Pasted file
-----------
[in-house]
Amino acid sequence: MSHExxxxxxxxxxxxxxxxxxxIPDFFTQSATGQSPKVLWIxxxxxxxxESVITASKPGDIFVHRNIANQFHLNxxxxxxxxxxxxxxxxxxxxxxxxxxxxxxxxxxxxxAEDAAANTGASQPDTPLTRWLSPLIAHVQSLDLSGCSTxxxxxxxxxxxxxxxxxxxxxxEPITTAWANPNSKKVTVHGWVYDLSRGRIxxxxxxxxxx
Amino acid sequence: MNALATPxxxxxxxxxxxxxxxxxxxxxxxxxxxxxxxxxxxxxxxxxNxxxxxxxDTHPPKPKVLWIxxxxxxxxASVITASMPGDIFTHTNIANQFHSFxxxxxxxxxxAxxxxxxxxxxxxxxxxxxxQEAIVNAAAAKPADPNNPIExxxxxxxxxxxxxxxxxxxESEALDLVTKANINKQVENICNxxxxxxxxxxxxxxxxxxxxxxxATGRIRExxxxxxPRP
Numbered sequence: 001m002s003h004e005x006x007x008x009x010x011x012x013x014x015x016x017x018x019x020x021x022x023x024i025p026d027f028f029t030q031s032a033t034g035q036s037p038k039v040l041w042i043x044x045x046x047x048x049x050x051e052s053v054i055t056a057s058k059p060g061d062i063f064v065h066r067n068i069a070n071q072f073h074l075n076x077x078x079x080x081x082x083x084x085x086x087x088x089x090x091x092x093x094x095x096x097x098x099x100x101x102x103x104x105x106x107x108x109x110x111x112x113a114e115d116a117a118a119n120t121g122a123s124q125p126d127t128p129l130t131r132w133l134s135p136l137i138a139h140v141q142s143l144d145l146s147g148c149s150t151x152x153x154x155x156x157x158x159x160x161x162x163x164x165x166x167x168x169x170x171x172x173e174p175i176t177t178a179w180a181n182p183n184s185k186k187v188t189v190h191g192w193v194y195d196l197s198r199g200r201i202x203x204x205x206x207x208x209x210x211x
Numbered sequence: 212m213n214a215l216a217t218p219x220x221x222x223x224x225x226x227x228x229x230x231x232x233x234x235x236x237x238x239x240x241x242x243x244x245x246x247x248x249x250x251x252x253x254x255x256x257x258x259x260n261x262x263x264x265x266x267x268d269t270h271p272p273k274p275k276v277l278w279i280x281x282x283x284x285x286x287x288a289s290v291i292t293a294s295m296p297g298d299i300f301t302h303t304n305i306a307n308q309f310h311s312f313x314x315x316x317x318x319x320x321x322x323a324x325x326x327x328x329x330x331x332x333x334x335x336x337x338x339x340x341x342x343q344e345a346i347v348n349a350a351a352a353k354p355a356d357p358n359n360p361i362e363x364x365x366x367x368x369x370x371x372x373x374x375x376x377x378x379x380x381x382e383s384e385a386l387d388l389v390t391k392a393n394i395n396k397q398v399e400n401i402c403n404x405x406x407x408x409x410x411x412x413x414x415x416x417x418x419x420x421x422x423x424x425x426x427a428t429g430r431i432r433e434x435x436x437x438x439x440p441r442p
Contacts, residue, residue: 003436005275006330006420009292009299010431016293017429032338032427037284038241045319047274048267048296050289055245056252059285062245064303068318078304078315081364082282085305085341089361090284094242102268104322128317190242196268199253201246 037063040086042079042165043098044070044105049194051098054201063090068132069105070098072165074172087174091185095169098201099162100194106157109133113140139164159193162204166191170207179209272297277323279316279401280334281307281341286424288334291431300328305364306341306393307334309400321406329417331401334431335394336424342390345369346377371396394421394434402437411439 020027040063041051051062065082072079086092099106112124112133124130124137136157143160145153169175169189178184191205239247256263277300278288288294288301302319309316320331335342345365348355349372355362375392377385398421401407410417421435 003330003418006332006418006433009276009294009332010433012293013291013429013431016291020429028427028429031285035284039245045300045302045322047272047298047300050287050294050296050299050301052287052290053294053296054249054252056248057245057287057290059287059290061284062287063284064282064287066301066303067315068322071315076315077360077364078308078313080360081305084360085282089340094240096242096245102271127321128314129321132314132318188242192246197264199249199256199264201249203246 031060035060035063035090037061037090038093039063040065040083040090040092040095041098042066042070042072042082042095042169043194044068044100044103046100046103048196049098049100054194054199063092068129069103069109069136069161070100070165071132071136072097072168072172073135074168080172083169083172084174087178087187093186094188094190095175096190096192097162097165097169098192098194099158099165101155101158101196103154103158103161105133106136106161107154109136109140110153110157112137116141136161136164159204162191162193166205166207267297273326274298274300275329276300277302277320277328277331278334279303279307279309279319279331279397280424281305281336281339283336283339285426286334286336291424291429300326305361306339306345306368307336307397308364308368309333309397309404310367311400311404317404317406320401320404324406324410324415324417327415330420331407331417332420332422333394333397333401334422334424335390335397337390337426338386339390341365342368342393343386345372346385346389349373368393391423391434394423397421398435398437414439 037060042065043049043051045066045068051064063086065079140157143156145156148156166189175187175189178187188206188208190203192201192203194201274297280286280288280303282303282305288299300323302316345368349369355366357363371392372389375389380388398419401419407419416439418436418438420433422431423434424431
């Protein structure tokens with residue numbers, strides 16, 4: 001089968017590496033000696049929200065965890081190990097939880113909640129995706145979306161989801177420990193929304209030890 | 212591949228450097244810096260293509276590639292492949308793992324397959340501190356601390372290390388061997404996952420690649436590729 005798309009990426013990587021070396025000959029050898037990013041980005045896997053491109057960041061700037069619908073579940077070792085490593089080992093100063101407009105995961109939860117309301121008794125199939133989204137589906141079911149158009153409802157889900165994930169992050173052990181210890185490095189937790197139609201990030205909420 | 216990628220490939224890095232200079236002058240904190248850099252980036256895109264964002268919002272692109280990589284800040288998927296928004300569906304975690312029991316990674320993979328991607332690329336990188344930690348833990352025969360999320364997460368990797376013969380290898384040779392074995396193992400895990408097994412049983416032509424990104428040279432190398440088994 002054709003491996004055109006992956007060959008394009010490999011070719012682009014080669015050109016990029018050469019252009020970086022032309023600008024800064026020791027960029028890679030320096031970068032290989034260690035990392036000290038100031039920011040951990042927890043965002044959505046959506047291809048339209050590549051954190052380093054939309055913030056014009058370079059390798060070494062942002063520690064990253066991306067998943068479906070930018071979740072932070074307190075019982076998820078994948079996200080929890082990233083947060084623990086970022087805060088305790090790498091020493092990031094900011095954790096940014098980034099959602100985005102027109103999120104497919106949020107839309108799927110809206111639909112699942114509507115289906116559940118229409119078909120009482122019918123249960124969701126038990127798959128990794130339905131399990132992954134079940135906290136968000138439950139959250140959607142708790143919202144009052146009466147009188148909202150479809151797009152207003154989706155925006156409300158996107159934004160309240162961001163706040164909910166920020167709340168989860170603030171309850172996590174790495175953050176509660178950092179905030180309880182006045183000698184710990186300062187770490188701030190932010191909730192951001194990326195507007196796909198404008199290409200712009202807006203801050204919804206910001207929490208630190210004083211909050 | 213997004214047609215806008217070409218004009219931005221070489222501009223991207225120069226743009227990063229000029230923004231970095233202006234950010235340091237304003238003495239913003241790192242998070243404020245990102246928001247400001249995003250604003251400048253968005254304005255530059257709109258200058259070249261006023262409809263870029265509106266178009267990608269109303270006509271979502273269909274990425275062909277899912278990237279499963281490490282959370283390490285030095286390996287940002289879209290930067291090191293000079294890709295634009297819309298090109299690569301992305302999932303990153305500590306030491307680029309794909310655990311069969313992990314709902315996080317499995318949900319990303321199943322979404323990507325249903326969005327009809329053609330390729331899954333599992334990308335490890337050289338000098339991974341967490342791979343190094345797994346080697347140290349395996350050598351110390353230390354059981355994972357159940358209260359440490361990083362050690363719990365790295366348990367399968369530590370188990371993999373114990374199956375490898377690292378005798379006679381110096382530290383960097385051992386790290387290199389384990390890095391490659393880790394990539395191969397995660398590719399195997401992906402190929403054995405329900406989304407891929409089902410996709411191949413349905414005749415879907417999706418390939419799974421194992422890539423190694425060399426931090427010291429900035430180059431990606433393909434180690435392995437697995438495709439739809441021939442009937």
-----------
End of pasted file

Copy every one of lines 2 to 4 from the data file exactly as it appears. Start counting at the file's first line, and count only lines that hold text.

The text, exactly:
Amino acid sequence: MSHExxxxxxxxxxxxxxxxxxxIPDFFTQSATGQSPKVLWIxxxxxxxxESVITASKPGDIFVHRNIANQFHLNxxxxxxxxxxxxxxxxxxxxxxxxxxxxxxxxxxxxxAEDAAANTGASQPDTPLTRWLSPLIAHVQSLDLSGCSTxxxxxxxxxxxxxxxxxxxxxxEPITTAWANPNSKKVTVHGWVYDLSRGRIxxxxxxxxxx
Amino acid sequence: MNALATPxxxxxxxxxxxxxxxxxxxxxxxxxxxxxxxxxxxxxxxxxNxxxxxxxDTHPPKPKVLWIxxxxxxxxASVITASMPGDIFTHTNIANQFHSFxxxxxxxxxxAxxxxxxxxxxxxxxxxxxxQEAIVNAAAAKPADPNNPIExxxxxxxxxxxxxxxxxxxESEALDLVTKANINKQVENICNxxxxxxxxxxxxxxxxxxxxxxxATGRIRExxxxxxPRP
Numbered sequence: 001m002s003h004e005x006x007x008x009x010x011x012x013x014x015x016x017x018x019x020x021x022x023x024i025p026d027f028f029t030q031s032a033t034g035q036s037p038k039v040l041w042i043x044x045x046x047x048x049x050x051e052s053v054i055t056a057s058k059p060g061d062i063f064v065h066r067n068i069a070n071q072f073h074l075n076x077x078x079x080x081x082x083x084x085x086x087x088x089x090x091x092x093x094x095x096x097x098x099x100x101x102x103x104x105x106x107x108x109x110x111x112x113a114e115d116a117a118a119n120t121g122a123s124q125p126d127t128p129l130t131r132w133l134s135p136l137i138a139h140v141q142s143l144d145l146s147g148c149s150t151x152x153x154x155x156x157x158x159x160x161x162x163x164x165x166x167x168x169x170x171x172x173e174p175i176t177t178a179w180a181n182p183n184s185k186k187v188t189v190h191g192w193v194y195d196l197s198r199g200r201i202x203x204x205x206x207x208x209x210x211x